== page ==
The Project is the first wind farm project in Djibouti, representing a significant milestone for the country, on its path towards achieving its goal of 100% of electricity from renewable sources by 2020.
High Development Impact
The total installed capacity within Djibouti is 134.8 MW (as at 2018), with only 100.5 MW available; all power plants are Heavy fuel oil (HFO)/light fuel oil (LFO) fueled Electricity consumption has increased by 75% in the last decade, while power generation has only increased at a rate of c.6% p.a.
The country currently is heavily reliant on Ethiopia for 70MW of capacity on a take-and-pay basis at a high cost of up to US$22¢/kWh. The Ministry of Energy and Natural Resources estimates that by 2019, electricity demand will grow by an additional 40MW.
The Project will provide a significantly cheaper and reliable source of energy source (at US$7.5¢/kWh) that will support the increasing energy demand in the country and also promote Djibouti’s energy independence.
The Government is supportive of the Project, the EDD, the respective Ministers of Energy & Natural Resources, Finance & Industry and Investments have all demonstrated significant support and political will, to get the Project completed.
EDD has strong financials depicting its ability to meet credit obligations, without government intervention.
EDD has a positive payment history, with no defaults occurring on its PPA with Ethiopia EDD’s obligations under the PPA will be backed by a 3-month LC or an escrow arrangement.
The PPA will be backed by a Sovereign Guarantee.
Support & Expertise
Local partner GHIH will provide local support in terms of engagement with Government.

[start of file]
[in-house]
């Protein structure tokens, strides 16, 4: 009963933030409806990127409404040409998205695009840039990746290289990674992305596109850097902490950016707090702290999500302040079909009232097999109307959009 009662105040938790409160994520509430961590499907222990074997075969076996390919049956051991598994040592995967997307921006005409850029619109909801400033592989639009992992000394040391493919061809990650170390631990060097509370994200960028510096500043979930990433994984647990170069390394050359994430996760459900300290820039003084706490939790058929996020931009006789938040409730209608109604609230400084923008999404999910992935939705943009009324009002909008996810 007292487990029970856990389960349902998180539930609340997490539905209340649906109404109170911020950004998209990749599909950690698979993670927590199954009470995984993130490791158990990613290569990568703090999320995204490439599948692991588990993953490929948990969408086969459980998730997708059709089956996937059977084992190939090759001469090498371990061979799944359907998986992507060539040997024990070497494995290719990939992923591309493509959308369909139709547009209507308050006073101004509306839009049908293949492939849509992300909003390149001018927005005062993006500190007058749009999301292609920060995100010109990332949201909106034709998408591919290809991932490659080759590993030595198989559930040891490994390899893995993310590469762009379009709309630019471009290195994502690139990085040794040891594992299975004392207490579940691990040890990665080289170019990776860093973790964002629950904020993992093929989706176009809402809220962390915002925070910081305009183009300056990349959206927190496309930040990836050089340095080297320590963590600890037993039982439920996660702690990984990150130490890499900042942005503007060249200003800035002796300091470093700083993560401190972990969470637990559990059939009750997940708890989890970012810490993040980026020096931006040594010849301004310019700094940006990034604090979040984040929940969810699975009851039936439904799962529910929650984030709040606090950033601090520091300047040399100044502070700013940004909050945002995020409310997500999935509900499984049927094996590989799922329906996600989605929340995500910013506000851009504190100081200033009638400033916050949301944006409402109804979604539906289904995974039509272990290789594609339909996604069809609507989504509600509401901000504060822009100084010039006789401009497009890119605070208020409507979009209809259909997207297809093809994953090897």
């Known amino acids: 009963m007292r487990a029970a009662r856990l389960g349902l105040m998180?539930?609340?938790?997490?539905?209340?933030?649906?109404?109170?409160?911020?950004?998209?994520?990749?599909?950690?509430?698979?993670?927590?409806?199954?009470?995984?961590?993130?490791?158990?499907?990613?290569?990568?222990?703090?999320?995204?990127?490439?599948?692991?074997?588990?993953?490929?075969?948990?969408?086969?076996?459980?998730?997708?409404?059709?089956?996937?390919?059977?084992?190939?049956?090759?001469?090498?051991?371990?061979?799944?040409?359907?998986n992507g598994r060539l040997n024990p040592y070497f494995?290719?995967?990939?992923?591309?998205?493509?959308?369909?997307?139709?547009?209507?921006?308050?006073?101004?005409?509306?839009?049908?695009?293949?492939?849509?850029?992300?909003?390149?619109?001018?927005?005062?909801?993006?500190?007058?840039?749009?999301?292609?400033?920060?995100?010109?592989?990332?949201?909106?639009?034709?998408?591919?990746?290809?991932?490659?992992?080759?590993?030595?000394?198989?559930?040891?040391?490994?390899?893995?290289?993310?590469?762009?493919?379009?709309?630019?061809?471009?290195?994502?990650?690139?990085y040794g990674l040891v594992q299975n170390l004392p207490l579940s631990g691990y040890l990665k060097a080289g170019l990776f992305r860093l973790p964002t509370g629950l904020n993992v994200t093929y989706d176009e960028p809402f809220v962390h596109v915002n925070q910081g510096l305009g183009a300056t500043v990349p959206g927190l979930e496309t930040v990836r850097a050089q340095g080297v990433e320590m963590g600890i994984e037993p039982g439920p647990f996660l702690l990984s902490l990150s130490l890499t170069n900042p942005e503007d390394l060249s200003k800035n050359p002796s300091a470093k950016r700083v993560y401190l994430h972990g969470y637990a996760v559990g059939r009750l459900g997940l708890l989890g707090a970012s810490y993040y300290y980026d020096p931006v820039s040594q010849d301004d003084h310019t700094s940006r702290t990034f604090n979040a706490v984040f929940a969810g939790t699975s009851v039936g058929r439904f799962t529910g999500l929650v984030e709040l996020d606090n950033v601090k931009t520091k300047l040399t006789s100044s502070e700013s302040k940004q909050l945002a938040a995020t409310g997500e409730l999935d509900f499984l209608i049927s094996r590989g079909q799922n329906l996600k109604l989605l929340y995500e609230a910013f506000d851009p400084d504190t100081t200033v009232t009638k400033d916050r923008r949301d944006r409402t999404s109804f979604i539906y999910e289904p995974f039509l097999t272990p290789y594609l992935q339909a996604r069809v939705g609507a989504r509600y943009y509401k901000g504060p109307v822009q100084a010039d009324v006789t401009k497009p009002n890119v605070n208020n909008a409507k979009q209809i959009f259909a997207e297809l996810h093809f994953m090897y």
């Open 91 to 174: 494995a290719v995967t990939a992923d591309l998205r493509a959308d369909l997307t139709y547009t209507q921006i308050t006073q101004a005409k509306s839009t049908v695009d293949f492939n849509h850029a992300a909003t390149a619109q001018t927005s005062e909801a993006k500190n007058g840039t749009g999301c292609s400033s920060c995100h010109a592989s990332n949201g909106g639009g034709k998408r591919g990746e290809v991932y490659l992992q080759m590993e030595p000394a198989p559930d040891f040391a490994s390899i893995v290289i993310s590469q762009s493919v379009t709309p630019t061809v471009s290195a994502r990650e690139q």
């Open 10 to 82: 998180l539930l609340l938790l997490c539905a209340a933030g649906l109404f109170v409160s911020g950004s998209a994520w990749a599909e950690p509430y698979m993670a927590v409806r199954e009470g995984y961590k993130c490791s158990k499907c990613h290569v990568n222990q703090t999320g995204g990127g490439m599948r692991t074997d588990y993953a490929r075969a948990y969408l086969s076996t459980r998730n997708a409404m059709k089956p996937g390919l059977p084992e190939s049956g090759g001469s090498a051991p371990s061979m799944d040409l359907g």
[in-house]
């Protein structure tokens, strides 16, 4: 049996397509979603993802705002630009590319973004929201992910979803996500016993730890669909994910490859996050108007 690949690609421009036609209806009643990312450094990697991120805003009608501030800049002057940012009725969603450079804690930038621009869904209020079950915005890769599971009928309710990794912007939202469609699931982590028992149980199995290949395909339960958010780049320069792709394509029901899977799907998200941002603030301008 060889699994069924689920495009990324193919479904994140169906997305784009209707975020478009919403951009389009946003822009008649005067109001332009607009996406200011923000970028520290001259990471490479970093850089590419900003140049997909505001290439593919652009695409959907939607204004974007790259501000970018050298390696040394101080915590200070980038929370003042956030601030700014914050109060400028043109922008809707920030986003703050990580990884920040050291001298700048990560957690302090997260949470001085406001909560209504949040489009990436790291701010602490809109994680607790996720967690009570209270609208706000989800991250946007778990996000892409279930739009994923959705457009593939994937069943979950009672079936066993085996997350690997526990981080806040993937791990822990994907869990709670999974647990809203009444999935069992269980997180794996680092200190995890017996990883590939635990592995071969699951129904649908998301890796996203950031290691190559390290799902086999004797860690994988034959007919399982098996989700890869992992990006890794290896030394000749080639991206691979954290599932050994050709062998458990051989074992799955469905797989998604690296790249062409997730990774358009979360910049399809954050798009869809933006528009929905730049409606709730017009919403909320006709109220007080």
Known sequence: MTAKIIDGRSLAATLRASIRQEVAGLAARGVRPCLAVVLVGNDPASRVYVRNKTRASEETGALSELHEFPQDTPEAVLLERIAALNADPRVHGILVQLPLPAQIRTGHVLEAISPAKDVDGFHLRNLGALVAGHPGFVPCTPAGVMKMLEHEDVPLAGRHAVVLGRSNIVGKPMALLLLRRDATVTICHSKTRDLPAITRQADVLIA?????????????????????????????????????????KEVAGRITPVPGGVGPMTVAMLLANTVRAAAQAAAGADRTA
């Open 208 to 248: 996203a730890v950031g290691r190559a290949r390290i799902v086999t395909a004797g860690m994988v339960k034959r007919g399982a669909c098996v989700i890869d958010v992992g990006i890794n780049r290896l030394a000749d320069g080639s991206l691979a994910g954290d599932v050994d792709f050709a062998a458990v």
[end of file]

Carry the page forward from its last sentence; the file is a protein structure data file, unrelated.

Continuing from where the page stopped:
AFC, FMO and CIO are providing their expertise and are committed to efficiently bring the Project into operations through an efficient all-equity funding solution.
Current Demand-Supply Scenario
The total installed capacity within Djibouti is 134.8 MW (as at 2018), with only 100.5 MW available; all power plants are Heavy fuel oil (HFO)/light fuel oil (LFO) fueled. Djibouti expects to transition from 100% liquid fuel thermal plants to 100% renewable electricity sources by 2020. This would be sourced mainly from geothermal, wind and solar.
Interconnection with Ethiopia
In 2011, the Djibouti grid was interconnected with Ethiopia, through a 400 MVA double circuit interconnection line at 230 kV. Based on an average between 2011-14, the maximum import reached 60 MW (in the raining season), with an yearly average of 50 MW. The minimum import took place during the dry season in Ethiopia, with 30 MW imported. The existing agreement between Ethiopia and Djibouti foresees the possibility to export from Djibouti to Ethiopia, in case of excess generation in Djibouti.
Key Performance Indicators